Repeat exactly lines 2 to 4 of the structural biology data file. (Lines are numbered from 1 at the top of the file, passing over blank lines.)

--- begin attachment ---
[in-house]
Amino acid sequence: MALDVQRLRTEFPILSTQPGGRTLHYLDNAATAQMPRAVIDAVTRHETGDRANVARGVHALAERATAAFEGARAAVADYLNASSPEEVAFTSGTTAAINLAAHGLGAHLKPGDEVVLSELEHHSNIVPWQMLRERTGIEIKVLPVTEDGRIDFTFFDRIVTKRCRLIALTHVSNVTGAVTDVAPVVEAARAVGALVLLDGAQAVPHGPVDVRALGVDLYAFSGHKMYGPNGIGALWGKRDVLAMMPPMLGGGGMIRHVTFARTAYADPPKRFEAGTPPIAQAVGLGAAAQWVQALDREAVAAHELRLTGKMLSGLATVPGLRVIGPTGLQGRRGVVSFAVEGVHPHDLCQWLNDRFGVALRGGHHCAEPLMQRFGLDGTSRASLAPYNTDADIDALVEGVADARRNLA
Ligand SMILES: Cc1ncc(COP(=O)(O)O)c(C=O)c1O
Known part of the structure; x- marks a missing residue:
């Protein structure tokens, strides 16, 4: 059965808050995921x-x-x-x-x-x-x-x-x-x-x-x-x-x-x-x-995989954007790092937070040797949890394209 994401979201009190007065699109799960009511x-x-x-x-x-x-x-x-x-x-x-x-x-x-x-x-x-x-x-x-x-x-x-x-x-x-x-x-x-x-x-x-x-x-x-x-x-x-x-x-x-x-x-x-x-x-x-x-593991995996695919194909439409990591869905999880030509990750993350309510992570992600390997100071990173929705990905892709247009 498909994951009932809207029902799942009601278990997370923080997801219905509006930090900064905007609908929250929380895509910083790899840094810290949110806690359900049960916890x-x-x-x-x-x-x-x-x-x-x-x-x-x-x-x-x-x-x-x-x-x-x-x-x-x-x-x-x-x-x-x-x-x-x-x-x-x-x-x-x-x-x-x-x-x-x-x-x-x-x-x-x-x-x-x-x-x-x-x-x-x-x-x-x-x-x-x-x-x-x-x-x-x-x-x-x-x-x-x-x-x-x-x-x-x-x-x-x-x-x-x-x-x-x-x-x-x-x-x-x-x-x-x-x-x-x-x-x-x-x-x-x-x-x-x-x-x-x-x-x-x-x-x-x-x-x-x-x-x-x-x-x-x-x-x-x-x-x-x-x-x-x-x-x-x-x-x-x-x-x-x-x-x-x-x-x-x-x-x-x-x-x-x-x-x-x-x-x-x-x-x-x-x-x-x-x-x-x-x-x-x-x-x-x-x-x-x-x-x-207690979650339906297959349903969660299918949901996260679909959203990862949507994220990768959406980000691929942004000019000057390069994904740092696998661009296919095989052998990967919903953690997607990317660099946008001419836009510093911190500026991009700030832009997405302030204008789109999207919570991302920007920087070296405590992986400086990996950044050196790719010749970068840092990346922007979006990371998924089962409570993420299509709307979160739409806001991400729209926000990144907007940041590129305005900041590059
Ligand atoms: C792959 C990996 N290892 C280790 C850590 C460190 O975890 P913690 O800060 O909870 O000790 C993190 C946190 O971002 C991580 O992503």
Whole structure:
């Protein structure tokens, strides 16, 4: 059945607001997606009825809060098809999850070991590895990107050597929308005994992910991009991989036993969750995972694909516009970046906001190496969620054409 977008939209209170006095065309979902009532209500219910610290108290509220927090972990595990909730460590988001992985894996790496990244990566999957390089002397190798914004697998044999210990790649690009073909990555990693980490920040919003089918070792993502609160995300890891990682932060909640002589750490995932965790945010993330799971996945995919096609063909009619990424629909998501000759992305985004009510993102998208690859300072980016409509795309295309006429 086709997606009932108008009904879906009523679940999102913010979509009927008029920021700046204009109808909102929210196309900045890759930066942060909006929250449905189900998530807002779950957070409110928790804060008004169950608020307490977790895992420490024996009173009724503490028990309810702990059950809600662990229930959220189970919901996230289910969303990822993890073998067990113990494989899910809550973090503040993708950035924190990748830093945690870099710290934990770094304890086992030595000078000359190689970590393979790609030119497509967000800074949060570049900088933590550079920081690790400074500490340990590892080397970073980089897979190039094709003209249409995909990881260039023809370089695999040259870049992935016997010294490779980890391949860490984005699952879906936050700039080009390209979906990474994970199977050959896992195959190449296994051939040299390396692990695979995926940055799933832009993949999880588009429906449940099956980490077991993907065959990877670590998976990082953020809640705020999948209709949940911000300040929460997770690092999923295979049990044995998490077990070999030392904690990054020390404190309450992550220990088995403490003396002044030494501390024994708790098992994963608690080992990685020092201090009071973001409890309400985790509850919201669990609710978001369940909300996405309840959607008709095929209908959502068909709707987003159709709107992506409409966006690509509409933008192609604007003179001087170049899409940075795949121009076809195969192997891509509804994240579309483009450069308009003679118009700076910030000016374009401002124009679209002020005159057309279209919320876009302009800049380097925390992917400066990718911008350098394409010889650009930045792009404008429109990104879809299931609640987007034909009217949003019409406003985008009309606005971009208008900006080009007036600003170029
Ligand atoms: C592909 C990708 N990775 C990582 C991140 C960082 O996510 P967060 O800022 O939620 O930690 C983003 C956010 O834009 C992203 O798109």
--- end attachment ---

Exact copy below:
Amino acid sequence: MALDVQRLRTEFPILSTQPGGRTLHYLDNAATAQMPRAVIDAVTRHETGDRANVARGVHALAERATAAFEGARAAVADYLNASSPEEVAFTSGTTAAINLAAHGLGAHLKPGDEVVLSELEHHSNIVPWQMLRERTGIEIKVLPVTEDGRIDFTFFDRIVTKRCRLIALTHVSNVTGAVTDVAPVVEAARAVGALVLLDGAQAVPHGPVDVRALGVDLYAFSGHKMYGPNGIGALWGKRDVLAMMPPMLGGGGMIRHVTFARTAYADPPKRFEAGTPPIAQAVGLGAAAQWVQALDREAVAAHELRLTGKMLSGLATVPGLRVIGPTGLQGRRGVVSFAVEGVHPHDLCQWLNDRFGVALRGGHHCAEPLMQRFGLDGTSRASLAPYNTDADIDALVEGVADARRNLA
Ligand SMILES: Cc1ncc(COP(=O)(O)O)c(C=O)c1O
Known part of the structure; x- marks a missing residue: